Friday, August 22, 2014

Drinking order philosophy: Go Big

Al and I going big at Great Taste.  
On the path of beer geekdom, most of us have read the same advice for tasting samples: drink light to dark. In theory, sampling light to dark will allow a drinker to not blow out the taste buds by starting with the double IPA. For years, I slavishly followed the advice.

I changed my drinking order philosophy after a short night at Spuyten Duyvil in Brooklyn. With a small but legendary draft list, there we're several that I wanted to try. We settled in and I ordered a Chelsea Blizzard IPA, which was disappointing, and then moved up to La Merle, a saison from North Coast. While a good visit, I had been eyeing a barleywine on the board (that I can't remember the name on now). If you haven't been to Spuytin Duyvil, it's a pretty sketchy walk through Brooklyn. And, in our search for an affordable hotel in New York, we tried a hotel in Jersey, which required a late night train transfer. The combination sent us packing to the subway before I got to the beer I was most interested in drinking.

Not a catastrophe, but enough disappointment to make me re-think my approach, especially on vacation. Now, I go big early and drink whatever looks best on the menu regardless of style or size. This approach will often get me a quizzical look from fellow drinkers when I order the 10% plus barlewine or triple IPA for the first draft. Working through a rack of samples, I will still follow the light to dark guideline (leaving samples that are unimpressive half full or more—another change). But, when ordering drafts, I go big early and drink the best I can find.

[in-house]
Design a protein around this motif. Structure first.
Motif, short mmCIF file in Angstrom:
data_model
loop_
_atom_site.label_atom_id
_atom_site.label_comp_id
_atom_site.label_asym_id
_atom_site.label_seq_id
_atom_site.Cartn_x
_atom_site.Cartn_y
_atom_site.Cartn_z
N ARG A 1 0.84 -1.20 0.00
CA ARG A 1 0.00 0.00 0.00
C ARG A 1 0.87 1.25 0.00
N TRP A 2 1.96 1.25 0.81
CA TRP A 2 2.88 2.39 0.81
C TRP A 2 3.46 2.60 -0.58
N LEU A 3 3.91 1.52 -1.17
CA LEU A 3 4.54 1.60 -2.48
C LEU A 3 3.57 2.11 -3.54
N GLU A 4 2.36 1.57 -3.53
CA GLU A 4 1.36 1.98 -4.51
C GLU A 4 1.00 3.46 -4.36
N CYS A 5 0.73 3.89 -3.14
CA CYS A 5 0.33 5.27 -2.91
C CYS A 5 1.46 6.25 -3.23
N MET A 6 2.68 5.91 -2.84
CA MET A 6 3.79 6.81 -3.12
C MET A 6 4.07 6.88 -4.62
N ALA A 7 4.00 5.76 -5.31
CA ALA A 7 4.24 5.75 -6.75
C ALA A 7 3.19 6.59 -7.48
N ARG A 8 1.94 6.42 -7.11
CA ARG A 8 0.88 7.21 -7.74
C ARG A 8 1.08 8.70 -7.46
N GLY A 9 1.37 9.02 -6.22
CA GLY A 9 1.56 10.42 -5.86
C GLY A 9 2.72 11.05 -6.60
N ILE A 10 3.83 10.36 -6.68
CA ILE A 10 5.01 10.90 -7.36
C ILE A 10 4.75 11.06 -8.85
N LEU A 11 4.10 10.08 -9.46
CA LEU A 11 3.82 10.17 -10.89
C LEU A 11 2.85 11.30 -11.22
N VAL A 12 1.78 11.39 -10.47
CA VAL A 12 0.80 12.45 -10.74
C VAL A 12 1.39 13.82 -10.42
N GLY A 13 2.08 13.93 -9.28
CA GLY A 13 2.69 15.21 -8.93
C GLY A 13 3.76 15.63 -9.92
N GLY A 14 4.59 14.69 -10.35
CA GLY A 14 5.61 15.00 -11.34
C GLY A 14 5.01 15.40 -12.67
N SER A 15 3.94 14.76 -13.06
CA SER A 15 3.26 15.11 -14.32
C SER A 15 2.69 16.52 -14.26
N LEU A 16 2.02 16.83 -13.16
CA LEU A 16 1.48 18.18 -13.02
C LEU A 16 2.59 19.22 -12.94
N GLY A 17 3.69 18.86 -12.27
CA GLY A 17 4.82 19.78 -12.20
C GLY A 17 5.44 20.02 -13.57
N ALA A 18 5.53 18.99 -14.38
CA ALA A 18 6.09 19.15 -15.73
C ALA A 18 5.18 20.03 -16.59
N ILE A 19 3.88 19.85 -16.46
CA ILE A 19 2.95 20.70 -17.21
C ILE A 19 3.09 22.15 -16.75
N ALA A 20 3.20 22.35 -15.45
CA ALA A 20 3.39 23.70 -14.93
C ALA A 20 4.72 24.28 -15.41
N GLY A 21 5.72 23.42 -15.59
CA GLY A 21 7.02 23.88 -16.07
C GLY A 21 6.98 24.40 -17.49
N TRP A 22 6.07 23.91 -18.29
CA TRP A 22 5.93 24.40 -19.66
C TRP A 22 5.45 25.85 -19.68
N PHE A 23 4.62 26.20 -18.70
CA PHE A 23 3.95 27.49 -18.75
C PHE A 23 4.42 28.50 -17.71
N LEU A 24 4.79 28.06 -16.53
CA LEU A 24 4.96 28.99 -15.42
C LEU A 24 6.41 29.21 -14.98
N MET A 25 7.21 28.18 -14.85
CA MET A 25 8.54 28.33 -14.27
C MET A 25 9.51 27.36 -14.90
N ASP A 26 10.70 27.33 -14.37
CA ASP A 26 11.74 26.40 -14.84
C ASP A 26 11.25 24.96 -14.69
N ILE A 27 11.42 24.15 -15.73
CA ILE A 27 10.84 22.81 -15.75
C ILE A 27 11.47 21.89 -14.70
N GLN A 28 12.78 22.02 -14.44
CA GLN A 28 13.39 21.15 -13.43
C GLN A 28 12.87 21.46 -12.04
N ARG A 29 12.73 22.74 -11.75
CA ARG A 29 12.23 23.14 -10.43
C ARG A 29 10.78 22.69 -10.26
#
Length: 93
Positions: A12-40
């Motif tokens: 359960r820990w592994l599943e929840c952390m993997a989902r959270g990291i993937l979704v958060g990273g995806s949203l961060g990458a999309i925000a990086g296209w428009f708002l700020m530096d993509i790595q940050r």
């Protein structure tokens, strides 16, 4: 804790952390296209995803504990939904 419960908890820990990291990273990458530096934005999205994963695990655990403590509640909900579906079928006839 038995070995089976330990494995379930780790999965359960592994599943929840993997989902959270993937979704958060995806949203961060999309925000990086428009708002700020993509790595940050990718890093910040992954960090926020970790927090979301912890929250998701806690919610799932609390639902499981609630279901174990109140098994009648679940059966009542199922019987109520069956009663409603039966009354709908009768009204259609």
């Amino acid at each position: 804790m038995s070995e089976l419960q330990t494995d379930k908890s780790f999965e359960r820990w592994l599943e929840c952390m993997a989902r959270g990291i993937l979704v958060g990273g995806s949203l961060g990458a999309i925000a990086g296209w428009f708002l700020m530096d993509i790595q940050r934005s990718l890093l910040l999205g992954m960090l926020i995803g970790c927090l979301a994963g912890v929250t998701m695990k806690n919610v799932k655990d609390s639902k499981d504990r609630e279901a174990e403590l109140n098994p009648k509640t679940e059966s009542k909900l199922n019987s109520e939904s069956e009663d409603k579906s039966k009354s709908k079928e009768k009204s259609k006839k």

First draft and biggest on the menu that
day at Hammerheart Rune Stone Stout

I'm happy with my new philosophy over the last six years since Spuyten Duyvil and our recent trip to Lagunitas is a good example of the approach. Drinking for clear reasons, I started with their IPA because it was 57% of sales (info from the tour) and I couldn't remember it's taste. Then, we jumped right into a sample tray of all the special beers, including some big barrel aged offerings. As a result, we found the fantastic Rye Barrel Aged Gnarley Wine that we were delighted to drink it in spite of the 100 degree day.